Saturday, June 1, 2013

Unknown Artist

Mary visiting her cousin Elisabeth
oil on wood
size unknown
Parish Church of Kremsmunster in Upper Austria

In Christian art Mary’s pregnancy was broached not only in scenes with Jesus as an unborn child but also in pictures of the virgin mother by herself or in association with the Eucharist. Depending on how realistic or symbolic the picture was meant to be, her pregnancy was made evident as a rounded belly, by showing the figure of a child, or by having “IHS” marked on Mary’s stomach.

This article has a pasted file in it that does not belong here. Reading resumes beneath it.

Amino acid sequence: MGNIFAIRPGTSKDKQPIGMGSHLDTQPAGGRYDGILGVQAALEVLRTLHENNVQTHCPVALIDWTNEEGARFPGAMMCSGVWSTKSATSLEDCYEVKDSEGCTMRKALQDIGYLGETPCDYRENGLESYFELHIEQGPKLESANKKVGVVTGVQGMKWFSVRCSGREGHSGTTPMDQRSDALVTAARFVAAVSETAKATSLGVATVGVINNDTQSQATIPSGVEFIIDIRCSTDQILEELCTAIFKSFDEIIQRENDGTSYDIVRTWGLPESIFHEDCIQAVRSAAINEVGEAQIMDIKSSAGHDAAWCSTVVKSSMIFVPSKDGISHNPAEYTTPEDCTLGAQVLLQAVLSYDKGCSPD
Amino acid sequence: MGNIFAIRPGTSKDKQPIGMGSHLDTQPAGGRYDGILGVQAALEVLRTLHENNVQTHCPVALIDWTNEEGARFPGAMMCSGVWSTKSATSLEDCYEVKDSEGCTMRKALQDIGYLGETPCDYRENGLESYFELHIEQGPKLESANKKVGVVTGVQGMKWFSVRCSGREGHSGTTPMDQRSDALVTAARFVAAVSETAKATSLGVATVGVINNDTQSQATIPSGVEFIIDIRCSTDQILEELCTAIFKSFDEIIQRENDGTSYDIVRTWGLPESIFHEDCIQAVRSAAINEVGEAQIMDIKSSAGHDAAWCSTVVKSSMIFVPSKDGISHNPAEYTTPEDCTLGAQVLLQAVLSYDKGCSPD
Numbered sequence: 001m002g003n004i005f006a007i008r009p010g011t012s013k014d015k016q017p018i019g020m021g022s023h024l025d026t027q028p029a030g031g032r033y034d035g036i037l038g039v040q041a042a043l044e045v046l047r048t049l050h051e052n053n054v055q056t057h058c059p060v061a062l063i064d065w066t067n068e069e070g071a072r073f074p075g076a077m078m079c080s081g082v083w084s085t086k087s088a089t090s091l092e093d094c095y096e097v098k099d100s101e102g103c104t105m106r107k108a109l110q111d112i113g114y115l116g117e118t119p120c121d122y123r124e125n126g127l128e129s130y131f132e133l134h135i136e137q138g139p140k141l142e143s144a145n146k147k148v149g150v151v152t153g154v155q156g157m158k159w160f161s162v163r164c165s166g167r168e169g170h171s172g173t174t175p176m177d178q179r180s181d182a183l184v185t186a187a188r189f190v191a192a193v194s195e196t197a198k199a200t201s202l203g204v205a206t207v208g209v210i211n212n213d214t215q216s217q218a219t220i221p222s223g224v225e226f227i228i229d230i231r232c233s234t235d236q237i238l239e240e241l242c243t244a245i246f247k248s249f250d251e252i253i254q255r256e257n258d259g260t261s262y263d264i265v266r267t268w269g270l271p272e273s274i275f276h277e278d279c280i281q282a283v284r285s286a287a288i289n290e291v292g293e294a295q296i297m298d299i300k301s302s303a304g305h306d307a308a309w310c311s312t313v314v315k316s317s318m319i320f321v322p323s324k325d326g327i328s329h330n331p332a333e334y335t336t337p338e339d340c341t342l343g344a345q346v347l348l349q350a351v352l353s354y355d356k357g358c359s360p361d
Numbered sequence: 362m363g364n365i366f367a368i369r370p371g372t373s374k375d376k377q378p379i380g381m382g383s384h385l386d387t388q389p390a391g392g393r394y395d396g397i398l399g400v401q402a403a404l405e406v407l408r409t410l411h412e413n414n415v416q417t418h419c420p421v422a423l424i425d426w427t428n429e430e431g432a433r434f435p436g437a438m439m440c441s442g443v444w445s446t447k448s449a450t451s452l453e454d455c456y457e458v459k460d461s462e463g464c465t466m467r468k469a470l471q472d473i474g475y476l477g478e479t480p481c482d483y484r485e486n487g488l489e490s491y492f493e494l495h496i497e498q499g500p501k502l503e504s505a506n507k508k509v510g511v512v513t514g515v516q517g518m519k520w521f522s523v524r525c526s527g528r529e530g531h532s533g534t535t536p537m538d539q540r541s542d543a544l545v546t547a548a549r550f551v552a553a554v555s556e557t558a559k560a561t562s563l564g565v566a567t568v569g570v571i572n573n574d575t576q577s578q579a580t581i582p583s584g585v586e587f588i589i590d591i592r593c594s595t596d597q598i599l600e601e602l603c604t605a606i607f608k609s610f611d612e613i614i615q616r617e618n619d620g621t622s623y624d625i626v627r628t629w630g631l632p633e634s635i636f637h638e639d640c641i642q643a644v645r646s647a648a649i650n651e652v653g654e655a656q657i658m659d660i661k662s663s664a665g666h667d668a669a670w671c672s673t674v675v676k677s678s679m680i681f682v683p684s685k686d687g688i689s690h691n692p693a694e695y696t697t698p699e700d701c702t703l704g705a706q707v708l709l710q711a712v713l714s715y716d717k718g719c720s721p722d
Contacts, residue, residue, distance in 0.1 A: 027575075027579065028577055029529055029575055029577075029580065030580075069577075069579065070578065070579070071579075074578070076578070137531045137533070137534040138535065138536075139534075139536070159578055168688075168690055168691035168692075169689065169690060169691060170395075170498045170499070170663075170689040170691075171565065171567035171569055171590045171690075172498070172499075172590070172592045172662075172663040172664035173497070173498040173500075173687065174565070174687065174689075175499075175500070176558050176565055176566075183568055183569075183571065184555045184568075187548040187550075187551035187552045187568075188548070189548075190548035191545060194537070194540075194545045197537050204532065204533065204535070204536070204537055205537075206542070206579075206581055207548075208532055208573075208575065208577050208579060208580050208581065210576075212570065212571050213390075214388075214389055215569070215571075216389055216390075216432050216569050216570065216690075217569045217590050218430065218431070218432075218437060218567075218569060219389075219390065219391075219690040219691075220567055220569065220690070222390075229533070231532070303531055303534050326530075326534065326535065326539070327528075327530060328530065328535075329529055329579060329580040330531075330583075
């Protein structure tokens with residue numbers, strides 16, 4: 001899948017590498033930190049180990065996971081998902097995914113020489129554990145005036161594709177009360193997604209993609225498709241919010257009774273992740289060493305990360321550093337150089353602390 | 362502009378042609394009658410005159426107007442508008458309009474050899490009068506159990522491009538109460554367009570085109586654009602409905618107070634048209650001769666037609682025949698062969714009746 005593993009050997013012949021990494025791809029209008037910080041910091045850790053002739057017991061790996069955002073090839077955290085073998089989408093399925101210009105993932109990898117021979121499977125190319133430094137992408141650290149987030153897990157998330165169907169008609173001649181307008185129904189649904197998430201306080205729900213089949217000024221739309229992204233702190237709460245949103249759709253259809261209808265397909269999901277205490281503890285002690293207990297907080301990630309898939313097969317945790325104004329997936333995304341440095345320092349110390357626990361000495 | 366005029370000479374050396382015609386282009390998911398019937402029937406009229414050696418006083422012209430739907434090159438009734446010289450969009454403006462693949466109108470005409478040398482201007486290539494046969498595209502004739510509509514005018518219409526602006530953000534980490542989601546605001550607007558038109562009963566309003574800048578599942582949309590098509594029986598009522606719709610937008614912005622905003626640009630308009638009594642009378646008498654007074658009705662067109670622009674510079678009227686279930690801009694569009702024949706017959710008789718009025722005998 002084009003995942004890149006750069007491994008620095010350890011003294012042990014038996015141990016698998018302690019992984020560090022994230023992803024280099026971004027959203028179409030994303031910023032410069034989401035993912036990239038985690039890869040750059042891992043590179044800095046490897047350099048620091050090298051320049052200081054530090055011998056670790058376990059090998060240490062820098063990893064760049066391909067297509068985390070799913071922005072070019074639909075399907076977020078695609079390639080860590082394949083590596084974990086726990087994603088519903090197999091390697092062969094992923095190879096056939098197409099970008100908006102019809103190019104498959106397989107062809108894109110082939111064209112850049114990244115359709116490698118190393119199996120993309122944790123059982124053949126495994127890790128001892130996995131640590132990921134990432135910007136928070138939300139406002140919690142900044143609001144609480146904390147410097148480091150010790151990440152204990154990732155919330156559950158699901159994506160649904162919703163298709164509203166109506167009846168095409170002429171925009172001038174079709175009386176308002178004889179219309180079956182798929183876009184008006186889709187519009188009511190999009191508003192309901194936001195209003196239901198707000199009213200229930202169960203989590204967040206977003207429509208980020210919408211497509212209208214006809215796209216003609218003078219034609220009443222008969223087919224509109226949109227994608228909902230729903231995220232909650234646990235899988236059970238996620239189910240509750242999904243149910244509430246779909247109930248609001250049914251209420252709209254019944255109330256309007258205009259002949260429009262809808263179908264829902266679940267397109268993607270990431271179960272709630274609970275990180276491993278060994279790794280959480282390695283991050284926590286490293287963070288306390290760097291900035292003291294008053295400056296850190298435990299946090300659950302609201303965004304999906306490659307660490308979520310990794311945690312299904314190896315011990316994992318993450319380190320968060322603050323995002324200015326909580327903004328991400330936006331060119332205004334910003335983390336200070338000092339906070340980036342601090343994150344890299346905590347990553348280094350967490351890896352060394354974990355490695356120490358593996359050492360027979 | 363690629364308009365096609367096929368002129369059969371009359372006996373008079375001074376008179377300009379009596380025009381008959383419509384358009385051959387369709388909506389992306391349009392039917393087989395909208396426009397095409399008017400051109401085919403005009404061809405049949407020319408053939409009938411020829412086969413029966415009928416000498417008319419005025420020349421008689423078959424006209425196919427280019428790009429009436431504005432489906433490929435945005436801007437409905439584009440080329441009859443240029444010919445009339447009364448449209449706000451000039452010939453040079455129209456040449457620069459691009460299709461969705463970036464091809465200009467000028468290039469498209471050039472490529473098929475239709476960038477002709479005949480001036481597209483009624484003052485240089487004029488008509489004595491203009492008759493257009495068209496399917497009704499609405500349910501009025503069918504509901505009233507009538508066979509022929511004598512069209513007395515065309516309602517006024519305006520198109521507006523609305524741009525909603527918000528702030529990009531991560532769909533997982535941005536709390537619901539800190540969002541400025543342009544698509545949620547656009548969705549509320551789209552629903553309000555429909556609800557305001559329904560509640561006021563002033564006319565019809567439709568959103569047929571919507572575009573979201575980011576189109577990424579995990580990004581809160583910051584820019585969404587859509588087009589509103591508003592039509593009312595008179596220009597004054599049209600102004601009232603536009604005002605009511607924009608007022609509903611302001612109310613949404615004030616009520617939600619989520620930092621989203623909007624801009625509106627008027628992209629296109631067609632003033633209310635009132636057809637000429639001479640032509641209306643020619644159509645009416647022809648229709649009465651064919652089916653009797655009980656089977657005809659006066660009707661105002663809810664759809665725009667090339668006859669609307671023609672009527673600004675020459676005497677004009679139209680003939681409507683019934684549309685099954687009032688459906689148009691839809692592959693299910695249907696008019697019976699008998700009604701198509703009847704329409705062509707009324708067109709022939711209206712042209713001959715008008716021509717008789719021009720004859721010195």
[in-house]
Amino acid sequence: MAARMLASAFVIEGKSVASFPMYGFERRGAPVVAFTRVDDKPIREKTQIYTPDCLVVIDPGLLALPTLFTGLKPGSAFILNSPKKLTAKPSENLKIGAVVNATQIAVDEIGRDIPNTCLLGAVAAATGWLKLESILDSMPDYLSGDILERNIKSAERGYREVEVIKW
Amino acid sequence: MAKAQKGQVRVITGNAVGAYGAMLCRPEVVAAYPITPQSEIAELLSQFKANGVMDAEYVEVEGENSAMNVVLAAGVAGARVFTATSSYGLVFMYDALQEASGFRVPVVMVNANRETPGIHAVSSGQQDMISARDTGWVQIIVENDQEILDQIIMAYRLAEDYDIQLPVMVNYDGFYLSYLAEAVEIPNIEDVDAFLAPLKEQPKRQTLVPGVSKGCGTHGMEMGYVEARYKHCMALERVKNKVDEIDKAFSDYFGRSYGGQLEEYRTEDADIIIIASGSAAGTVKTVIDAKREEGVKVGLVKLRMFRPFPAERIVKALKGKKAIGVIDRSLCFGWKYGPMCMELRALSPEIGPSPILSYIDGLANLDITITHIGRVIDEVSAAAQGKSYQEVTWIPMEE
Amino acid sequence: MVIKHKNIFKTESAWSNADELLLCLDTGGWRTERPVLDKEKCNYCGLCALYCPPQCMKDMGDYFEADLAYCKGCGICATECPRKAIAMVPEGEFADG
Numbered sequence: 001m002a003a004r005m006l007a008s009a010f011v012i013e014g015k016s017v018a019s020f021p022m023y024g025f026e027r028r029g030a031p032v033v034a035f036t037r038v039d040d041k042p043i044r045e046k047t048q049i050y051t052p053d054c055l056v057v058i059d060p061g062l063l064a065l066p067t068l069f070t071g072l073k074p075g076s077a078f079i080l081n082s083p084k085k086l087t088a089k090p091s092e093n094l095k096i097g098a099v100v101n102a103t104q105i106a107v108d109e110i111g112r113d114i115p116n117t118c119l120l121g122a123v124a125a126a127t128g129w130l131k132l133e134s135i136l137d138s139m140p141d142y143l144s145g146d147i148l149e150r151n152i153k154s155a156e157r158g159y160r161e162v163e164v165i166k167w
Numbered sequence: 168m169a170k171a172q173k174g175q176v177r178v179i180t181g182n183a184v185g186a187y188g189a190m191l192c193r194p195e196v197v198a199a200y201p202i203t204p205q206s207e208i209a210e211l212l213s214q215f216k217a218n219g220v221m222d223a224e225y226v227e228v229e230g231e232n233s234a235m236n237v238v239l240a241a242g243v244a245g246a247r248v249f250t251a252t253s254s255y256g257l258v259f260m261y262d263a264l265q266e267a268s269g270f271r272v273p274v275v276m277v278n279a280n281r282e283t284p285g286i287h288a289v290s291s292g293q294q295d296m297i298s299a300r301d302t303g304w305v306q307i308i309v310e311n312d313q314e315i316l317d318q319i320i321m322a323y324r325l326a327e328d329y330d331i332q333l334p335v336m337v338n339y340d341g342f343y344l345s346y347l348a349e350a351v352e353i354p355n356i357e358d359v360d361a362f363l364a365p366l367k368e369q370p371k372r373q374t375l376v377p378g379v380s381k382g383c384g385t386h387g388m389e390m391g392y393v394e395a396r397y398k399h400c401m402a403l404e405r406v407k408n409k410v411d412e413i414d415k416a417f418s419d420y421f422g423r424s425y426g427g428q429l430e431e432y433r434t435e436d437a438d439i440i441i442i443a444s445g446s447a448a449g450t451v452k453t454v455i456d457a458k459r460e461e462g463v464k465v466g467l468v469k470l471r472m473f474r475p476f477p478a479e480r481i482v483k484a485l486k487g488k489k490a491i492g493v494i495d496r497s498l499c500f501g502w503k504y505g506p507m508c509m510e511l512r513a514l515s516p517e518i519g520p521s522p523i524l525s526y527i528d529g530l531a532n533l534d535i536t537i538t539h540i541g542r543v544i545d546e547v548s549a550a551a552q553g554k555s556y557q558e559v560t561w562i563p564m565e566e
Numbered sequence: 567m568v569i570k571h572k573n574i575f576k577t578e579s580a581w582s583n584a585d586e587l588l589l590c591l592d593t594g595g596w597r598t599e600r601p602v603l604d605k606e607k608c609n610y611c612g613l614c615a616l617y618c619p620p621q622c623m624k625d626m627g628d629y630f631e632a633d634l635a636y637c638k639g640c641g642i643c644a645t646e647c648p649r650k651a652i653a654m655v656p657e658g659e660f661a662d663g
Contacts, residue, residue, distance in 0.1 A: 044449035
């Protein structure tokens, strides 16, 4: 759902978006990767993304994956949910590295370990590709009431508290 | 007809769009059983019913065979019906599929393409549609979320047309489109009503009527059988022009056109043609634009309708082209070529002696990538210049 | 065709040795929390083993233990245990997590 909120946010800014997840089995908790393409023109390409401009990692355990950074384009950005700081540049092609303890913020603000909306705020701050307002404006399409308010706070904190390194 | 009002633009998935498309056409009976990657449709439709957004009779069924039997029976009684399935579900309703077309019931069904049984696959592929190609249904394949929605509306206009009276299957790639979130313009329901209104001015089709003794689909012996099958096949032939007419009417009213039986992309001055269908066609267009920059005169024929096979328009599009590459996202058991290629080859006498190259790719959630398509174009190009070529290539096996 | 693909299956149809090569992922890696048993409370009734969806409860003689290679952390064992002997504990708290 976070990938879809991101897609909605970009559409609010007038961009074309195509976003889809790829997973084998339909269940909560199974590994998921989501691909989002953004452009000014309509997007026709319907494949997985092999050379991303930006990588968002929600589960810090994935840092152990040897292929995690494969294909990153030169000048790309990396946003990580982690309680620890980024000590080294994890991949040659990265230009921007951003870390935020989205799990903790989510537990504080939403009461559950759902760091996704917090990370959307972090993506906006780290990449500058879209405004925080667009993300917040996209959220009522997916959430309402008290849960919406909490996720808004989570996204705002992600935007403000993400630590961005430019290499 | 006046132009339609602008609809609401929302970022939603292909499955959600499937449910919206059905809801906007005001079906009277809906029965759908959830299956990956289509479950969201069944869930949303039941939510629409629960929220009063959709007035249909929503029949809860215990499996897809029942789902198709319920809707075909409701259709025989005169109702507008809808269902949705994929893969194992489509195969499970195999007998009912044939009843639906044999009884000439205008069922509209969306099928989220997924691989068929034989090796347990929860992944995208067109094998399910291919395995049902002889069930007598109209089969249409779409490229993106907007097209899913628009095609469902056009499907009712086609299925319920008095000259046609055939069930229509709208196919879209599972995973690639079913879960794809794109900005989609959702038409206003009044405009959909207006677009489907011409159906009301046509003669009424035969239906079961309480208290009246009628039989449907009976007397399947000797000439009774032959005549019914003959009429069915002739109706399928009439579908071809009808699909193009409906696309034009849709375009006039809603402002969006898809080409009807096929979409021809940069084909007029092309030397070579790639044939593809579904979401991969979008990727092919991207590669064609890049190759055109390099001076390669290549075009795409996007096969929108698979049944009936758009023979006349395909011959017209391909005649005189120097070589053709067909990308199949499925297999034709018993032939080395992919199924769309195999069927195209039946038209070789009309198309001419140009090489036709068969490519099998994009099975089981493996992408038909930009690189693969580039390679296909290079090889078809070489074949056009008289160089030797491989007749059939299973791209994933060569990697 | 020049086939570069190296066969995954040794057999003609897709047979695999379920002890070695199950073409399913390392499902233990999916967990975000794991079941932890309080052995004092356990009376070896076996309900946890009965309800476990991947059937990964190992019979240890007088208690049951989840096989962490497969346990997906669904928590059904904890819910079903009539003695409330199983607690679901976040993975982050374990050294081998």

The original portrayal of this theme was the veneration with which, during her pregnancy, Elisabeth greeted Mary: “Blessed are you among women, and blessed is the fruit of your womb!” (Luke 1,42) This Bible text became widespread due to the “Ave Maria” (Hail Mary) which became part of the Advent liturgy in the 7th and 8th centuries and as of the 13th century had become one of the most important Christian prayers. In medieval times portrayals of Mary and Elisabeth meeting (the “Visitation”) became very common. From around the year 1300 the children were shown in front of their mothers’ bellies as can be seen in this painting from Kremsmunster (around 1460).